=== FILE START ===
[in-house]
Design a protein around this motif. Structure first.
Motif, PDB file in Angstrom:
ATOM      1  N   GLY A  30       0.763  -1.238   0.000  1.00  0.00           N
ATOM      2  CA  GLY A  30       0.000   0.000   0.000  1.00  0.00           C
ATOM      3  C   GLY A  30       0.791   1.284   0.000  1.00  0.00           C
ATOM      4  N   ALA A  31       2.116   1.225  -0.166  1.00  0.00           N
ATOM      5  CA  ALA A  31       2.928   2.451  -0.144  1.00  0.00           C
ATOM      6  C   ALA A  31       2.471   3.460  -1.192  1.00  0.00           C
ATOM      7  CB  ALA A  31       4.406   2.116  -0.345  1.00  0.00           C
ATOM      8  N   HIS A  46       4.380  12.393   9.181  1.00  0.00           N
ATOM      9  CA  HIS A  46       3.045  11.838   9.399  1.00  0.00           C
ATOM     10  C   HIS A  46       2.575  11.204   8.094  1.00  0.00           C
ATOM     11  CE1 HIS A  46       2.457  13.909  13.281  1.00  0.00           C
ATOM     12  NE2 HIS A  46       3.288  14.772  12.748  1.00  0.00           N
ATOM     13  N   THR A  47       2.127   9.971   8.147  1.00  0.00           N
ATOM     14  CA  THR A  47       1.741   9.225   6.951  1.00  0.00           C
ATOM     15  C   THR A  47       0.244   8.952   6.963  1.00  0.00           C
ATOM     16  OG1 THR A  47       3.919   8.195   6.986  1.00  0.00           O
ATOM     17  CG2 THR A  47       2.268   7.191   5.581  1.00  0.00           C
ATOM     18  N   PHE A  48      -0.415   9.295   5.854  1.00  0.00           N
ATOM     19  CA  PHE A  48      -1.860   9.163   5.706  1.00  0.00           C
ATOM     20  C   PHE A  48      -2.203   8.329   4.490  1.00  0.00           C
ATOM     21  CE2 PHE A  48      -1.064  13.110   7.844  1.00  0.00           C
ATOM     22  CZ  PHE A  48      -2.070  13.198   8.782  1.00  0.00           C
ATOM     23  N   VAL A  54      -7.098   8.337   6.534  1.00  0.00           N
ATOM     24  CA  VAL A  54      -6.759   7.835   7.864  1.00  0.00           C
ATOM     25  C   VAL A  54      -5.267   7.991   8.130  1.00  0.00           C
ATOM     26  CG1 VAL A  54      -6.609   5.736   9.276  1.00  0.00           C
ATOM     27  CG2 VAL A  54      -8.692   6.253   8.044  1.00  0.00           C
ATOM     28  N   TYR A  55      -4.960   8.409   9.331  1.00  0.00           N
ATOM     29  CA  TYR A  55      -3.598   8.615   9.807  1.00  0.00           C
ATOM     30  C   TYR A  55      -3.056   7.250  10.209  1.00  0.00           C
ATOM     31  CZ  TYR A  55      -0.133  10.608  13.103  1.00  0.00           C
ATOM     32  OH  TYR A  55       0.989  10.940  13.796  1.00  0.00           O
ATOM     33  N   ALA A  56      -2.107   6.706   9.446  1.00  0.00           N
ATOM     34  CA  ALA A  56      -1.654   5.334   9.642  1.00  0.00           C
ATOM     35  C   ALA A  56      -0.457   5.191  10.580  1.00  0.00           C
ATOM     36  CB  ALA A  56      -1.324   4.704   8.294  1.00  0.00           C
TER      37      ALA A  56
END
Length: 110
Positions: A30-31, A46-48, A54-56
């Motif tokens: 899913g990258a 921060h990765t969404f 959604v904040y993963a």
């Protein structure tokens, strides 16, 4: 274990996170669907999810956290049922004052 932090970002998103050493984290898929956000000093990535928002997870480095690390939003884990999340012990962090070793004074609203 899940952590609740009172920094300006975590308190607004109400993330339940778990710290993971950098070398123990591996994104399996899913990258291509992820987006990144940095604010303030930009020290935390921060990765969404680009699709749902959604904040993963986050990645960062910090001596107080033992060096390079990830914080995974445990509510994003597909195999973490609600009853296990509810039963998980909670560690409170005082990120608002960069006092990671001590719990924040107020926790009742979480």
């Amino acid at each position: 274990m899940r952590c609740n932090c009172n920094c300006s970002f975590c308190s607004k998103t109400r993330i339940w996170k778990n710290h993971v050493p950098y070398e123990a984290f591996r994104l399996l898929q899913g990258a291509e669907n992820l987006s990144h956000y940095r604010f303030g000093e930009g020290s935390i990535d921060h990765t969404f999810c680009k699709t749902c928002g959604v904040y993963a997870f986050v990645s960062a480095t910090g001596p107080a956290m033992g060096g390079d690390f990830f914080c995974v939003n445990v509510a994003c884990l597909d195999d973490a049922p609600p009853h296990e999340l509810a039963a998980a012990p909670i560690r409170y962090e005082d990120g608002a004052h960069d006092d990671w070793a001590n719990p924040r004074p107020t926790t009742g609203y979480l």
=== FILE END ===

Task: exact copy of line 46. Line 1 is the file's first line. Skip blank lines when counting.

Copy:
């Amino acid at each position: 274990m899940r952590c609740n932090c009172n920094c300006s970002f975590c308190s607004k998103t109400r993330i339940w996170k778990n710290h993971v050493p950098y070398e123990a984290f591996r994104l399996l898929q899913g990258a291509e669907n992820l987006s990144h956000y940095r604010f303030g000093e930009g020290s935390i990535d921060h990765t969404f999810c680009k699709t749902c928002g959604v904040y993963a997870f986050v990645s960062a480095t910090g001596p107080a956290m033992g060096g390079d690390f990830f914080c995974v939003n445990v509510a994003c884990l597909d195999d973490a049922p609600p009853h296990e999340l509810a039963a998980a012990p909670i560690r409170y962090e005082d990120g608002a004052h960069d006092d990671w070793a001590n719990p924040r004074p107020t926790t009742g609203y979480l």